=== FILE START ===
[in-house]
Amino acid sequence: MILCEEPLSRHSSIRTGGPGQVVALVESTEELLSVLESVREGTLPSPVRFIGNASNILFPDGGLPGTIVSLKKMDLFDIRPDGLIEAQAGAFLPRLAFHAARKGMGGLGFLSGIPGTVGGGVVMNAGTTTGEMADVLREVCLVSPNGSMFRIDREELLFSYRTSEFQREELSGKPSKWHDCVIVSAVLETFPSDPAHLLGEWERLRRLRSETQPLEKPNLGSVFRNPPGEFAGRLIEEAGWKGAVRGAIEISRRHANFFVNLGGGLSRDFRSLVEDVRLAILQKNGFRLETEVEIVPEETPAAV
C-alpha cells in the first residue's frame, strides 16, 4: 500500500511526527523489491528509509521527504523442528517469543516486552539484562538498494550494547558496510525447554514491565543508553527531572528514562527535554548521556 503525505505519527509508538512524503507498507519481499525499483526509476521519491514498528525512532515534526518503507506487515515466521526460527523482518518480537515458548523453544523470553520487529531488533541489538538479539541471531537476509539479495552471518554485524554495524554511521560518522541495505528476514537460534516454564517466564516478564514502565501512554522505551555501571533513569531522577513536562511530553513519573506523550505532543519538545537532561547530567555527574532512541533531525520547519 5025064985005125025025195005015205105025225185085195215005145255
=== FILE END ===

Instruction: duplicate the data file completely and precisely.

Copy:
[in-house]
Amino acid sequence: MILCEEPLSRHSSIRTGGPGQVVALVESTEELLSVLESVREGTLPSPVRFIGNASNILFPDGGLPGTIVSLKKMDLFDIRPDGLIEAQAGAFLPRLAFHAARKGMGGLGFLSGIPGTVGGGVVMNAGTTTGEMADVLREVCLVSPNGSMFRIDREELLFSYRTSEFQREELSGKPSKWHDCVIVSAVLETFPSDPAHLLGEWERLRRLRSETQPLEKPNLGSVFRNPPGEFAGRLIEEAGWKGAVRGAIEISRRHANFFVNLGGGLSRDFRSLVEDVRLAILQKNGFRLETEVEIVPEETPAAV
C-alpha cells in the first residue's frame, strides 16, 4: 500500500511526527523489491528509509521527504523442528517469543516486552539484562538498494550494547558496510525447554514491565543508553527531572528514562527535554548521556 503525505505519527509508538512524503507498507519481499525499483526509476521519491514498528525512532515534526518503507506487515515466521526460527523482518518480537515458548523453544523470553520487529531488533541489538538479539541471531537476509539479495552471518554485524554495524554511521560518522541495505528476514537460534516454564517466564516478564514502565501512554522505551555501571533513569531522577513536562511530553513519573506523550505532543519538545537532561547530567555527574532512541533531525520547519 5025064985005125025025195005015205105025225185085195215005145255